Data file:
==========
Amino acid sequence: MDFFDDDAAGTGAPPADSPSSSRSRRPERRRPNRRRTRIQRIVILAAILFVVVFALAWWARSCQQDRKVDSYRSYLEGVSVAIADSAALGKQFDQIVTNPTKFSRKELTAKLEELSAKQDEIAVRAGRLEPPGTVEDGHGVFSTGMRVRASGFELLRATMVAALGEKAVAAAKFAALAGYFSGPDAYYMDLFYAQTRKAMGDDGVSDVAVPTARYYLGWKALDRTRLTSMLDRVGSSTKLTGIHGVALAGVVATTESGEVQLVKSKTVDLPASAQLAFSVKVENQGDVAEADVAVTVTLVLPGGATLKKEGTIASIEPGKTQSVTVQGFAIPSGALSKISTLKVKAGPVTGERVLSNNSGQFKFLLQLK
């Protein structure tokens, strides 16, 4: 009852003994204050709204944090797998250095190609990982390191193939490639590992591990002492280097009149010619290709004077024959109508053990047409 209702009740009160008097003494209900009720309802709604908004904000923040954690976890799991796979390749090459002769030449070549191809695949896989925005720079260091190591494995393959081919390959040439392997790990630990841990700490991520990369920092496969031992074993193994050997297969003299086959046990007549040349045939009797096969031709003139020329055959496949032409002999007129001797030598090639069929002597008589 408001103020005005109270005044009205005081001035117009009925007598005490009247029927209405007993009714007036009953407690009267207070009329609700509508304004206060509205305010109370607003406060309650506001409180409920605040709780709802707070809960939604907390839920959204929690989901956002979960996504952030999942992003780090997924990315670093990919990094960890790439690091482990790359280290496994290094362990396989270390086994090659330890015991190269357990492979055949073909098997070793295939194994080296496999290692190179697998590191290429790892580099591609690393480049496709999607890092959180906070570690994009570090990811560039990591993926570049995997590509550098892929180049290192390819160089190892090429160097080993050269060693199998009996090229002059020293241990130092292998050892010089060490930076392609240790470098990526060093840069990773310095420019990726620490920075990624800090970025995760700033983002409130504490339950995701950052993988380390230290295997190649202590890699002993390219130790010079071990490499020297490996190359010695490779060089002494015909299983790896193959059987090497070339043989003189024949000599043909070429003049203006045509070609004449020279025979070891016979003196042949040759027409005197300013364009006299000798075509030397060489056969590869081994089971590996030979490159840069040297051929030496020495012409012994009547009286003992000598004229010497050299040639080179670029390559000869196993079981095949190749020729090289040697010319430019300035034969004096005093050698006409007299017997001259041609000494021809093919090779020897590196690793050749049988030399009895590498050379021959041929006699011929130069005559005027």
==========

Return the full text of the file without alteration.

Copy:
Amino acid sequence: MDFFDDDAAGTGAPPADSPSSSRSRRPERRRPNRRRTRIQRIVILAAILFVVVFALAWWARSCQQDRKVDSYRSYLEGVSVAIADSAALGKQFDQIVTNPTKFSRKELTAKLEELSAKQDEIAVRAGRLEPPGTVEDGHGVFSTGMRVRASGFELLRATMVAALGEKAVAAAKFAALAGYFSGPDAYYMDLFYAQTRKAMGDDGVSDVAVPTARYYLGWKALDRTRLTSMLDRVGSSTKLTGIHGVALAGVVATTESGEVQLVKSKTVDLPASAQLAFSVKVENQGDVAEADVAVTVTLVLPGGATLKKEGTIASIEPGKTQSVTVQGFAIPSGALSKISTLKVKAGPVTGERVLSNNSGQFKFLLQLK
């Protein structure tokens, strides 16, 4: 009852003994204050709204944090797998250095190609990982390191193939490639590992591990002492280097009149010619290709004077024959109508053990047409 209702009740009160008097003494209900009720309802709604908004904000923040954690976890799991796979390749090459002769030449070549191809695949896989925005720079260091190591494995393959081919390959040439392997790990630990841990700490991520990369920092496969031992074993193994050997297969003299086959046990007549040349045939009797096969031709003139020329055959496949032409002999007129001797030598090639069929002597008589 408001103020005005109270005044009205005081001035117009009925007598005490009247029927209405007993009714007036009953407690009267207070009329609700509508304004206060509205305010109370607003406060309650506001409180409920605040709780709802707070809960939604907390839920959204929690989901956002979960996504952030999942992003780090997924990315670093990919990094960890790439690091482990790359280290496994290094362990396989270390086994090659330890015991190269357990492979055949073909098997070793295939194994080296496999290692190179697998590191290429790892580099591609690393480049496709999607890092959180906070570690994009570090990811560039990591993926570049995997590509550098892929180049290192390819160089190892090429160097080993050269060693199998009996090229002059020293241990130092292998050892010089060490930076392609240790470098990526060093840069990773310095420019990726620490920075990624800090970025995760700033983002409130504490339950995701950052993988380390230290295997190649202590890699002993390219130790010079071990490499020297490996190359010695490779060089002494015909299983790896193959059987090497070339043989003189024949000599043909070429003049203006045509070609004449020279025979070891016979003196042949040759027409005197300013364009006299000798075509030397060489056969590869081994089971590996030979490159840069040297051929030496020495012409012994009547009286003992000598004229010497050299040639080179670029390559000869196993079981095949190749020729090289040697010319430019300035034969004096005093050698006409007299017997001259041609000494021809093919090779020897590196690793050749049988030399009895590498050379021959041929006699011929130069005559005027």